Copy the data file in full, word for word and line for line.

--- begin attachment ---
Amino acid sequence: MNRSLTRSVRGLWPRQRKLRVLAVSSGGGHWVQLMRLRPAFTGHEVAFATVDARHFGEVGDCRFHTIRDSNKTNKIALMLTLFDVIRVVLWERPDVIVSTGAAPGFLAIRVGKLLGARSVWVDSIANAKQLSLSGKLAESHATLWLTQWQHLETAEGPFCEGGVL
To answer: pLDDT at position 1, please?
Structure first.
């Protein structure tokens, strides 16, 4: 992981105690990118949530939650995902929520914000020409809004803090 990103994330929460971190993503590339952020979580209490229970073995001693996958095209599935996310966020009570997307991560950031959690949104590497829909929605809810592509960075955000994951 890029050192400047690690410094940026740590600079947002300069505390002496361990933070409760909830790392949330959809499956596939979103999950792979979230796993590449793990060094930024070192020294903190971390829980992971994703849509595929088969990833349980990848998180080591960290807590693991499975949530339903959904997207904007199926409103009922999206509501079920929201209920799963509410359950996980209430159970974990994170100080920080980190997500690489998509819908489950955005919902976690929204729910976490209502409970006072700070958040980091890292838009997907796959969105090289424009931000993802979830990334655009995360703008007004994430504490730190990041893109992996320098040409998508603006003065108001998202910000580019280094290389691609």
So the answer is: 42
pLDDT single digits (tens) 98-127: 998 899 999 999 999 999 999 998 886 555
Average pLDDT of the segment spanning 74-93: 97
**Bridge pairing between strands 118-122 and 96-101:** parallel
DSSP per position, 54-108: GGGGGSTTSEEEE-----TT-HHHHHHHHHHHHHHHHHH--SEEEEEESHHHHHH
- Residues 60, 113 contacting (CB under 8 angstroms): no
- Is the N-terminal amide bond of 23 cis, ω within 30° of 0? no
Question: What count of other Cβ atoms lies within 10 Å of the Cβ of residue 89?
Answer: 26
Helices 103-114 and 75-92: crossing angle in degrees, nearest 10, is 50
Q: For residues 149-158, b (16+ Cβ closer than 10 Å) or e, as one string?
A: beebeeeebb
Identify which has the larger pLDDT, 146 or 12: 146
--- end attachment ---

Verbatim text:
Amino acid sequence: MNRSLTRSVRGLWPRQRKLRVLAVSSGGGHWVQLMRLRPAFTGHEVAFATVDARHFGEVGDCRFHTIRDSNKTNKIALMLTLFDVIRVVLWERPDVIVSTGAAPGFLAIRVGKLLGARSVWVDSIANAKQLSLSGKLAESHATLWLTQWQHLETAEGPFCEGGVL
To answer: pLDDT at position 1, please?
Structure first.
């Protein structure tokens, strides 16, 4: 992981105690990118949530939650995902929520914000020409809004803090 990103994330929460971190993503590339952020979580209490229970073995001693996958095209599935996310966020009570997307991560950031959690949104590497829909929605809810592509960075955000994951 890029050192400047690690410094940026740590600079947002300069505390002496361990933070409760909830790392949330959809499956596939979103999950792979979230796993590449793990060094930024070192020294903190971390829980992971994703849509595929088969990833349980990848998180080591960290807590693991499975949530339903959904997207904007199926409103009922999206509501079920929201209920799963509410359950996980209430159970974990994170100080920080980190997500690489998509819908489950955005919902976690929204729910976490209502409970006072700070958040980091890292838009997907796959969105090289424009931000993802979830990334655009995360703008007004994430504490730190990041893109992996320098040409998508603006003065108001998202910000580019280094290389691609």
So the answer is: 42
pLDDT single digits (tens) 98-127: 998 899 999 999 999 999 999 998 886 555
Average pLDDT of the segment spanning 74-93: 97
**Bridge pairing between strands 118-122 and 96-101:** parallel
DSSP per position, 54-108: GGGGGSTTSEEEE-----TT-HHHHHHHHHHHHHHHHHH--SEEEEEESHHHHHH
- Residues 60, 113 contacting (CB under 8 angstroms): no
- Is the N-terminal amide bond of 23 cis, ω within 30° of 0? no
Question: What count of other Cβ atoms lies within 10 Å of the Cβ of residue 89?
Answer: 26
Helices 103-114 and 75-92: crossing angle in degrees, nearest 10, is 50
Q: For residues 149-158, b (16+ Cβ closer than 10 Å) or e, as one string?
A: beebeeeebb
Identify which has the larger pLDDT, 146 or 12: 146